9 1, =>IDIHJ76H=>?DJGC6A D; :8DCDB>8H [June T67A: 2. SJ7-H6BEA: M:6CH ;DG OJIL6G9 D>G:8I ICK:HIB:CI (FDI), R:K:GH: IBEDGI, 6C9 DDB:HI>8 PGD9J8I>DC FDI Reverse Imports (RI) Domestic Production No RI RI Contraction No change Expansion (1) (2) (3) (4) (5) (6) % of Foreign A$liate Production 30.00% 28.09% 35.19% 58.28% 27.55% 13.99% Ratio of Reverse Imports 10.29% % 8.10% 10.47% 11.55% Parent Firm s characteristics: Multinational Firm: No. of employees (thousands) Capital-labor ratio Export ratio Pure Domestic Firm: No. of employees (thousands) Capital-labor ratio Export ratio Number of firms (percentage of firms) 527 (14.95%) 385 (73.06%) 142 (26.94%) 99 (18.79%) 299 (56.74%) 129 (24.47%) Data sources: Computed from the survey of Diversification and Internationalization in Manufacturing Sectors taken by the Ministry of Economic A#airs in August 1995, and the survey of The Operations of Industrial and Commercial Corporations conducted by the Ministry of Economic A#airs Taiwan, R.O.C. in try of Economic A#airs in August This survey randomly selected firms from Taiwan s manufacturing sector and provided information on whether the firms were engaged in foreign production or not. If they were, it was then asked what would be the percentage of foreign a$liate production to their total production, the percentage of reverse imports, the changes in their domestic production, and the characteristics of their foreign a$liates at the firm level. However, the survey did not provide data on the basic characteristics of the parent firms in Taiwan in the case of the multinational firms nor on the changes in the domestic production in the case of the pure domestic firms. The characteristics of the parent firms such as firm size, the capital-labor intensity, and the export ratio have therefore been taken from the survey entitled The Operations of Industrial and Commercial Corporations, also conducted by the Ministry of Economic A#airs in These two surveys have been merged to obtain 3,520 firm-level observations. Table 2 summarizes the sample s basic statistics. The definitions and measurements of the variables are provided in Appendix II. Table 2 shows that out of 3520 sample firms, 527 firms (14.95%) have invested abroad. For these multinational firms, the average percentage of foreign production relative to their total production is 30% and the average ratio of reverse imports from foreign a$liates is 10.29%. Of the 527 multinational firms, 26.94% are engaged in the operation of reverse imports, of which the average ratio of reverse imports is 38.20% (column (3) in Table 2). Compared to multinational firms with no reverse imports, firms with reverse imports tend to have a higher percentage of foreign production (35.19% vs %). Moreover, about a quarter of multinational firms (24.47%) have decided to expand their scale of domestic production, 18.79% have chosen to contract their domestic production, and the rest (56.74%) have not changed the scale of domestic production. Multinational firms that decide to contract their
10 2005] DJIL6G9 9>G:8I >CK:HIB:CI, G:K:GH: >BEDGI, 6C9 9DB:HI>8 EGD9J8I>DC - :K>9:C8: 1- domestic production have a much higher percentage of foreign production (58.28% vs %), as compared to the case of expanding domestic production. The above data statistics imply that reverse imports seem to play an important role in influencing the interrelationship between foreign production and domestic production. In this section we set up an empirical model to explicitly examine them. There are two linkages from the theoretical framework in section II to the empirical model worth noting. First of all, in order to correctly infer the inter-relationships among foreign production, reverse imports, and domestic production, we take into account the selectivity bias which may arise from the heterogeneity between domestic firms and multinational firms. The first equation will then be a censored equation considering both the decision of investing abroad and the amounts of foreign production. The reverse imports (the second equation) and domestic production (the third equation) will be observed only when the firms become multinational firms. Secondly, for multinational firms, their foreign productions, reverse imports, and domestic productions are simultaneously interrelated among each other as suggested by the theoretical model in section II. However, due to the selectivity described above and the partial observability of all the endogeneous variables, reverse imports and domestic production do not enter the equation of foreign production, and domestic production does not enter the equation of reverse imports so as to ensure the estimation model is logically consistent. The proof is provided in Appendix IV. Consequently, the econometric model can be outlined as follows. Foreign production: z* i X 1i b 1 e 1i, (5a) Reverse import: a* i g 1 z i X 2 i b 2 e 2 i, if z* i 0, (5b) Domestic production: Y* 1i g 2 z i g 3 a i X 3 i b 3 e 3 i, if z* i 0, (5c) where i 1, 2,.N. In the above expression, z* i denotes the underlying foreign production for firm i; a* i and Y* 1i denote respectively the underlying ratio of reverse imports and the underlying domestic production and they can be observed only if firm i s foreign production is positive. The vector X i (X 1i, X 2i, X 3i ) includes market size, cost factors, the extent of product di#erentiation, and the firm s heterogeneity. In the regression of foreign production (5a), we consider the behaviors of multinational firms as well as pure domestic firms. We use the percentage of a firm s foreign production relative to its total production as a measure of foreign production (investment) z*. Since z* is observed only for multinational firms, z is censored as follows: zz*, if a firm invests overseas; z0 otherwise. Foreign production is assumed to be a function of market size and cost variables, but not a function of domestic production (Y 1 ) and the reverse-import ratio (a), because of the logistical consistency problem as proved in Appendix IV. In the regression of reverse imports (5b), a selection problem arises, because the decisions of the reverse-import ratio (a) are made by multinational firms only. Moreover, a is censored as follows: the reverse-import ratio (a*) is observed as a if a multinational firm has reverse imports, and 0 otherwise. Similarly, the regression of domestic production (5c) also faces a selection problem, because the data of domestic production (Y* 1i ) is available for multinational firms only. The domestic production (Y* 1i ) is observed as three ordered categories: it falls into category 1 (Y 1i 1) if a multinational firm contracts its domestic production after investing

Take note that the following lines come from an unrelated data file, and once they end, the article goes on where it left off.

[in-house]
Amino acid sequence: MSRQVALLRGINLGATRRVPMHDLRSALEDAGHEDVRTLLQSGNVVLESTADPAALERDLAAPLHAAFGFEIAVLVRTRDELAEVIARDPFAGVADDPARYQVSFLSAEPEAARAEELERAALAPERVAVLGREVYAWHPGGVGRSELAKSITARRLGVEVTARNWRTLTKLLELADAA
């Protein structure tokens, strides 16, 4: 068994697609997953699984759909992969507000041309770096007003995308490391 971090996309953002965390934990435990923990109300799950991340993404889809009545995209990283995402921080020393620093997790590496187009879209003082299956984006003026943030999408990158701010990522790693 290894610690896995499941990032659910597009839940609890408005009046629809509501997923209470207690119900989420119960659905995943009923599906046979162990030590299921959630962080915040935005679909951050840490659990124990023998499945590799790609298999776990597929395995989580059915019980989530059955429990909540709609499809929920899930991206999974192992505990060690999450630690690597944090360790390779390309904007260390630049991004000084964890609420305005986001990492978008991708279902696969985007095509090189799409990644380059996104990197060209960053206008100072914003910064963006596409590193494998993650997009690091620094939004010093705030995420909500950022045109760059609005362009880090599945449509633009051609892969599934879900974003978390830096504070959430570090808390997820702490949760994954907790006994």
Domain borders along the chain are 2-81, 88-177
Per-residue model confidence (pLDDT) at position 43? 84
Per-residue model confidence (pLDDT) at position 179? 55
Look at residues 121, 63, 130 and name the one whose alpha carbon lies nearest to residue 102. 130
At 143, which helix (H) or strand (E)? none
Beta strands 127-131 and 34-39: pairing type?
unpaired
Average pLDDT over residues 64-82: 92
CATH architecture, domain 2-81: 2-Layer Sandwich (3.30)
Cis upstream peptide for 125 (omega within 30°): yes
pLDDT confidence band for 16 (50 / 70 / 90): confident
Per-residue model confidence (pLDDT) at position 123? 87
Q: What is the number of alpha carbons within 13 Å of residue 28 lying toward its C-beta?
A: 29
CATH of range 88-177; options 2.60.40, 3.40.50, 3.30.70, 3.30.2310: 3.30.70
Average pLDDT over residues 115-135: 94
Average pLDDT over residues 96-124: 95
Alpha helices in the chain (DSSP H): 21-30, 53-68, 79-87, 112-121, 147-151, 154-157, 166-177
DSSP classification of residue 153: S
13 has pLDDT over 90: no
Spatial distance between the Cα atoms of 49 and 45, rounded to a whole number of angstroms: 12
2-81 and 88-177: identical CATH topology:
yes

11 1. =>IDIHJ76H=>?DJGC6A D; :8DCDB>8H [June abroad; falls into category 2 (Y 1i 2) if it keeps the same scale of domestic production; and falls into category 3 (Y 1i 3) if it expands its domestic production. To sum up, the estimation model can therefore be written as follows: z i z* i if z* i 0 z i 0 if z* i 0 a i a* i if z* i 0 and a* i 0 a i 0 if z* i 0 and a* i 0 Y 1i k if z* i 0 and c k1 Y* 1i c k, k1, 2, 3. The set of thresholds c k (k0, 1, 2, 3) are constants such that c 0, c 3, andc 1 c 2 are unknown. Without loss of generality, we normalize c 1 to be zero. We assume that the error terms (e 1i, e 2i, e 3i ) follow an iid trivariate normal distribution with mean and variances as follows: e 1i 0 s 2 1 r 12 s 1 s 2 r 31 s 1 e 2i N 0 r 12 s 1 s 2 s 2 2 r 23 s 2. e 3i 0, r 31 s 1 r 23 s 2 1 Let I 1i 1, if a firm has foreign production; and I 1i 0 otherwise. Let I 2i 1, if a firm has reverse imports; and I 2i 0 otherwise. Similarly, let I 3ik 1, if the domestic production of a multinational firm falls in category k; andi 3ik 0 otherwise. Thus, the likelihood function will have the following expression: L(b 1, g 1, b 2, g 2, g 3, b 3, s 1, s 2, c 2, r 12, r 23, r 31 )P N X1ib1 1I 1i i1 s1 g(e 1i )de 1i P 3 r1zix2ib2 s2 k1 ckr2zix3ib3 ck1r2zix3ib3 f(z i X 1i b 1, e 2i, e 3i ) de 2i de 3i I1i(1I2i) I3ik P 3 k1 ckg2zig3aix3ib3 ck1g2zig3aix3ib3 f(z i X 1i b 1, a i g 1 z i X 2i b 2, e 3i )de 3i I1iI2iI3ik, (6) where g is the univariate standard normal probability density function (PDF) and f is the trivariate standard normal PDF. To solve for the endogeneity as well as censored and selection problems, we maximize equation (6) with respect to all the parameters to obtain the full information maximum likelihood estimates (FIMLE). IV. Empirical Results Table 3 presents the empirical results for three cases. In the first case (column (1)), we take foreign production as given and run the regression for domestic production only. It shows that after controlling for demand and cost conditions and firms characteristics, foreign production significantly substitutes for domestic production at the 1% significance level. In the